April 29, 2017, 8:29 p.m.

Python Cheat Sheet for data Science

Questions: use of % in python

 

 

General Python functions

Map

filters

list comprehensions

[item**3 for item in x if item%2==0]

item for item in x

lambda

 

Numpy

mean()

sum()

max()

min()

std() [this is for standard deviation]

filter without having to write the syntax, for example x[x%2==0] returns the list of numbers in array x which are divisible by 2

np.arange(10,-1,-1) this makes a arithemetic progression np.arange(starting num,final num,difference in steps)

linspace     

.astype('type')

np.random.random_integers(0,50,20) [this gives 20 integers from 0 to 50]

array_name*2 [works because of vectorization]

you can vectorize a function by np.vectorize(functionName)

reshape(no. of rows, nu of columna)

.shape

.size

.ndim

.seed()

.transpose()

.flatten()

.ravel()

.cumprod()

.concatenate(the arrays)

.dstack(srrays)

.hsplit()

.vsplit()

 

 

Pandas functions

 

shape

head()

.index (indexes based on a array)

.series(what:what)   builds a series 

data[(data<10)&(data>5)] 

data[data<10][data>5]

sum(data>5)

ignores NAN values in case of mean, sum etc functions

.ffill

.bfil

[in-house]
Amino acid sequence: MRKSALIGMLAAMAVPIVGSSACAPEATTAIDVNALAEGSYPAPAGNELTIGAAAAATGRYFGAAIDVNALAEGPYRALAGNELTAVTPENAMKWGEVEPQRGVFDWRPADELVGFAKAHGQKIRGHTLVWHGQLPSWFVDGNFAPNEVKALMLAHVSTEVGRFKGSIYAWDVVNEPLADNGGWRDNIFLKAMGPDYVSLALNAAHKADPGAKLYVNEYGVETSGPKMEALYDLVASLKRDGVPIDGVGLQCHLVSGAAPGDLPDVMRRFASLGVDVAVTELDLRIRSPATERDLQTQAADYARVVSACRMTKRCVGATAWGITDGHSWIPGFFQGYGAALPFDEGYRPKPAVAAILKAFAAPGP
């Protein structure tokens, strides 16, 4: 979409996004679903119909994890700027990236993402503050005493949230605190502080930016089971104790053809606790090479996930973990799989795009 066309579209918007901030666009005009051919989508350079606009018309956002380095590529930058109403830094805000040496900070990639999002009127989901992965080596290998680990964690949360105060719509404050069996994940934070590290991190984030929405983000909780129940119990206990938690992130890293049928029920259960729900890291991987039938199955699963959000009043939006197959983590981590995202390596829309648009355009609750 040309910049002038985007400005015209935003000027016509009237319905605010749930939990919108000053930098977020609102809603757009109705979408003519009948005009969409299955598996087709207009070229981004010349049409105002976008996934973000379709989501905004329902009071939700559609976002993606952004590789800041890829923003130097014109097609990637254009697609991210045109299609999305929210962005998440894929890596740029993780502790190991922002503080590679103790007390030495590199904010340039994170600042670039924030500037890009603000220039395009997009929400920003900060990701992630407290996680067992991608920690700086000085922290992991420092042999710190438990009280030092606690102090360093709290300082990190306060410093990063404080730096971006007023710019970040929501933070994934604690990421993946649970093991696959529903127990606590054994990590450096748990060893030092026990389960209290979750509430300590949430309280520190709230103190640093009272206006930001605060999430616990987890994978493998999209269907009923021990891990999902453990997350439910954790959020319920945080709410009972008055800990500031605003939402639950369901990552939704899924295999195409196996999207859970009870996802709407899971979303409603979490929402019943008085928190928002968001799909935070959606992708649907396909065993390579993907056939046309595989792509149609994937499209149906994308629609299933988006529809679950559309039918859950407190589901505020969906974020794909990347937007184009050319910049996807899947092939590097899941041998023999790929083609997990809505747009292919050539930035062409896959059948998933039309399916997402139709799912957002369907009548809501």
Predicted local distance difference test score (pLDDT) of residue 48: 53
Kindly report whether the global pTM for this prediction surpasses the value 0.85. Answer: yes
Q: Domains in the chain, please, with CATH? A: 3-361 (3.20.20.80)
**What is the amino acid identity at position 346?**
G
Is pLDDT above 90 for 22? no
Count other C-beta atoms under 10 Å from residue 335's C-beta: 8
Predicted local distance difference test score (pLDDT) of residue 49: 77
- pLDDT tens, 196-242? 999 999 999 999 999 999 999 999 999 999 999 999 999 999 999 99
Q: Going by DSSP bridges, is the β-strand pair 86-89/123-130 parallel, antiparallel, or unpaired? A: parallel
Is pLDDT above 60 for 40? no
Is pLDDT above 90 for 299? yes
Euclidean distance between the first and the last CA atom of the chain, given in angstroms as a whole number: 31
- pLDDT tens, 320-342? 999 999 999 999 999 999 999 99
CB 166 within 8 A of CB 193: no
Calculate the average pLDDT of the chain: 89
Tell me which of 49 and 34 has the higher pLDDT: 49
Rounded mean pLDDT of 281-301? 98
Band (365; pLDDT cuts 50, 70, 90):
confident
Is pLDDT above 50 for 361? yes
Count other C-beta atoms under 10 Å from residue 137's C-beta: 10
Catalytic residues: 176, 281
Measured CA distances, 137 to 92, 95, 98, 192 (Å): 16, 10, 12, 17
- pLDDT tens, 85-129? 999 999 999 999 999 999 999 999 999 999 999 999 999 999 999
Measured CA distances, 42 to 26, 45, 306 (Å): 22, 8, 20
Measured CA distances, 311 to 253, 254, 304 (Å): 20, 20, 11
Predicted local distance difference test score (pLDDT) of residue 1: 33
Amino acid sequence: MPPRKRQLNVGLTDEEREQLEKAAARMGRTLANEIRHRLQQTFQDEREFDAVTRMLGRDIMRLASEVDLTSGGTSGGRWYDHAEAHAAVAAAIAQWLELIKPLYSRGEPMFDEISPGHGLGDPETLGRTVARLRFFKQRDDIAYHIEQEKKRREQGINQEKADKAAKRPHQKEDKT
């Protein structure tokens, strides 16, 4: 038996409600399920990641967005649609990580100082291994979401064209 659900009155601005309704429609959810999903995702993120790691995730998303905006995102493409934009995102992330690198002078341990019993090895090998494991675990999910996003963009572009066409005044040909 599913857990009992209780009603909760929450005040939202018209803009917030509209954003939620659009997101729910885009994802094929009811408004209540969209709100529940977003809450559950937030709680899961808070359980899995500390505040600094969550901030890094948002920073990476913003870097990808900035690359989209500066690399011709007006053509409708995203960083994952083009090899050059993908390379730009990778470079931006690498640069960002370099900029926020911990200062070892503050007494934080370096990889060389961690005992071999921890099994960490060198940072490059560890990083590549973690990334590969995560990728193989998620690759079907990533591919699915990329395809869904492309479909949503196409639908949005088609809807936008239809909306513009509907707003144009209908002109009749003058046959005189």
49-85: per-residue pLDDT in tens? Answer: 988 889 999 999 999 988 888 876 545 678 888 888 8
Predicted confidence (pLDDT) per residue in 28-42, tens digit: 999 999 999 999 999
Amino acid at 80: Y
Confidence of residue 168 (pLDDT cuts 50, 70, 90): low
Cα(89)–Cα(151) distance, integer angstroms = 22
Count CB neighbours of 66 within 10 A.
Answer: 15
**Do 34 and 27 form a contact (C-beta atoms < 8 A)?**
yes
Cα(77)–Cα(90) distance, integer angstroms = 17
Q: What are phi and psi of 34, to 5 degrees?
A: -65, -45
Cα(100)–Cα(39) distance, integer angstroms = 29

.fillna

fill_value

 to create a data frame all arrays must be of the same length

.sort_index()

Create a Database pd.DataFrame({'istColumnName':arrayName,'2ndColumnName':arrayName...}) Note: all arrays should be of the same length

.sort('columnName')

.describe()

pd.read_csv('file name')

.set_index

inplace=true (changes the database instead of returning a new one

letters.index = pd.date_range('9/1/2012',periods=26) WHEN CHANING INDEX

letters = pd.DataFrame({'lowercase':lcase, 'uppercase':upcase})  defining column names while creating a dataframe

.pop(_columnName_)

df = pd.read_csv('../data/raw_running_data.csv', parse_dates=['Date']) (to ensure a particular column is parsed in a particulat format

http://i.stack.imgur.com/GbJ7N.png (data frame joins)

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cols = ['Date', 'Miles', 'Time']

df.columns = cols

this changes the name of columns in df

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strftime (to find the day of the week for a date)

 

Note: we cant apply location based lookups in the normal format if our index is a series of mumbers. but we can use functions like .iget(_) or .iloc(_)